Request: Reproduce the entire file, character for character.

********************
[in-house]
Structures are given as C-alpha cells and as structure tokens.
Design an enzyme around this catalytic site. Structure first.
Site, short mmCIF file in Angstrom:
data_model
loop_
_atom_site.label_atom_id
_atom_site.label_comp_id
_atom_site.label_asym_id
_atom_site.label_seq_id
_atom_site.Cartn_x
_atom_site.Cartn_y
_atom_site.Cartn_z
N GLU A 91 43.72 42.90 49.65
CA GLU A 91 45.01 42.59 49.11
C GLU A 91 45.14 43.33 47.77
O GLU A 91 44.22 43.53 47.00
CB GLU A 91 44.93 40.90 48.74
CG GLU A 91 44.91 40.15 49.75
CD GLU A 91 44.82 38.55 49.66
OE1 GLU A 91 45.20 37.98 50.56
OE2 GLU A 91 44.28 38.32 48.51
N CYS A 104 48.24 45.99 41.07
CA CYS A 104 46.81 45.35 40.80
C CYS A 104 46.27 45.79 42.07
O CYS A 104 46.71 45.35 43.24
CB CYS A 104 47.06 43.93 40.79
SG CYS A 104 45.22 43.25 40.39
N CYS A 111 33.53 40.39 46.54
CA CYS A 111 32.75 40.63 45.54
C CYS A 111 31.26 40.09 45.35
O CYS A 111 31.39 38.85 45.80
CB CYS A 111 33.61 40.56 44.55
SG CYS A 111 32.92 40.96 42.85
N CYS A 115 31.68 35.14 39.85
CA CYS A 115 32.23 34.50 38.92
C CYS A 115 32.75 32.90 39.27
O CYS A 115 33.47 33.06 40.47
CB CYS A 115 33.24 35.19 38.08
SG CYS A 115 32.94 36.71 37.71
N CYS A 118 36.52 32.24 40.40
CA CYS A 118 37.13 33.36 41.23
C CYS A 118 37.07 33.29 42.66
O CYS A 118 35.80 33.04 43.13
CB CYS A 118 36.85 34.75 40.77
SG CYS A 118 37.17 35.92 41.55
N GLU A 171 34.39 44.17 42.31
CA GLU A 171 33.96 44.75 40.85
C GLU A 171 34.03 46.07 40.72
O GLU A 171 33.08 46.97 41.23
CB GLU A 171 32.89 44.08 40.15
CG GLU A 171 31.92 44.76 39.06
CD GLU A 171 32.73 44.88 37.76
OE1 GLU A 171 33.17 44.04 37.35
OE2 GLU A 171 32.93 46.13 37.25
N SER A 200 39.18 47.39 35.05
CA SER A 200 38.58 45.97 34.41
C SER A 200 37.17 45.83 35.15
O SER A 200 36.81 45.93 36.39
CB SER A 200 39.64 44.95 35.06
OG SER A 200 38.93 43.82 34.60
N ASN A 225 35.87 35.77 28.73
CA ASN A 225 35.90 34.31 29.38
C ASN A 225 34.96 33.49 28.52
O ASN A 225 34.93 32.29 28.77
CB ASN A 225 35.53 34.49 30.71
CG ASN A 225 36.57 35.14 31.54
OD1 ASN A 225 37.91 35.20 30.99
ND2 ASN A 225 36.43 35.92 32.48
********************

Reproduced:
[in-house]
Structures are given as C-alpha cells and as structure tokens.
Design an enzyme around this catalytic site. Structure first.
Site, short mmCIF file in Angstrom:
data_model
loop_
_atom_site.label_atom_id
_atom_site.label_comp_id
_atom_site.label_asym_id
_atom_site.label_seq_id
_atom_site.Cartn_x
_atom_site.Cartn_y
_atom_site.Cartn_z
N GLU A 91 43.72 42.90 49.65
CA GLU A 91 45.01 42.59 49.11
C GLU A 91 45.14 43.33 47.77
O GLU A 91 44.22 43.53 47.00
CB GLU A 91 44.93 40.90 48.74
CG GLU A 91 44.91 40.15 49.75
CD GLU A 91 44.82 38.55 49.66
OE1 GLU A 91 45.20 37.98 50.56
OE2 GLU A 91 44.28 38.32 48.51
N CYS A 104 48.24 45.99 41.07
CA CYS A 104 46.81 45.35 40.80
C CYS A 104 46.27 45.79 42.07
O CYS A 104 46.71 45.35 43.24
CB CYS A 104 47.06 43.93 40.79
SG CYS A 104 45.22 43.25 40.39
N CYS A 111 33.53 40.39 46.54
CA CYS A 111 32.75 40.63 45.54
C CYS A 111 31.26 40.09 45.35
O CYS A 111 31.39 38.85 45.80
CB CYS A 111 33.61 40.56 44.55
SG CYS A 111 32.92 40.96 42.85
N CYS A 115 31.68 35.14 39.85
CA CYS A 115 32.23 34.50 38.92
C CYS A 115 32.75 32.90 39.27
O CYS A 115 33.47 33.06 40.47
CB CYS A 115 33.24 35.19 38.08
SG CYS A 115 32.94 36.71 37.71
N CYS A 118 36.52 32.24 40.40
CA CYS A 118 37.13 33.36 41.23
C CYS A 118 37.07 33.29 42.66
O CYS A 118 35.80 33.04 43.13
CB CYS A 118 36.85 34.75 40.77
SG CYS A 118 37.17 35.92 41.55
N GLU A 171 34.39 44.17 42.31
CA GLU A 171 33.96 44.75 40.85
C GLU A 171 34.03 46.07 40.72
O GLU A 171 33.08 46.97 41.23
CB GLU A 171 32.89 44.08 40.15
CG GLU A 171 31.92 44.76 39.06
CD GLU A 171 32.73 44.88 37.76
OE1 GLU A 171 33.17 44.04 37.35
OE2 GLU A 171 32.93 46.13 37.25
N SER A 200 39.18 47.39 35.05
CA SER A 200 38.58 45.97 34.41
C SER A 200 37.17 45.83 35.15
O SER A 200 36.81 45.93 36.39
CB SER A 200 39.64 44.95 35.06
OG SER A 200 38.93 43.82 34.60
N ASN A 225 35.87 35.77 28.73
CA ASN A 225 35.90 34.31 29.38
C ASN A 225 34.96 33.49 28.52
O ASN A 225 34.93 32.29 28.77
CB ASN A 225 35.53 34.49 30.71
CG ASN A 225 36.57 35.14 31.54
OD1 ASN A 225 37.91 35.20 30.99
ND2 ASN A 225 36.43 35.92 32.48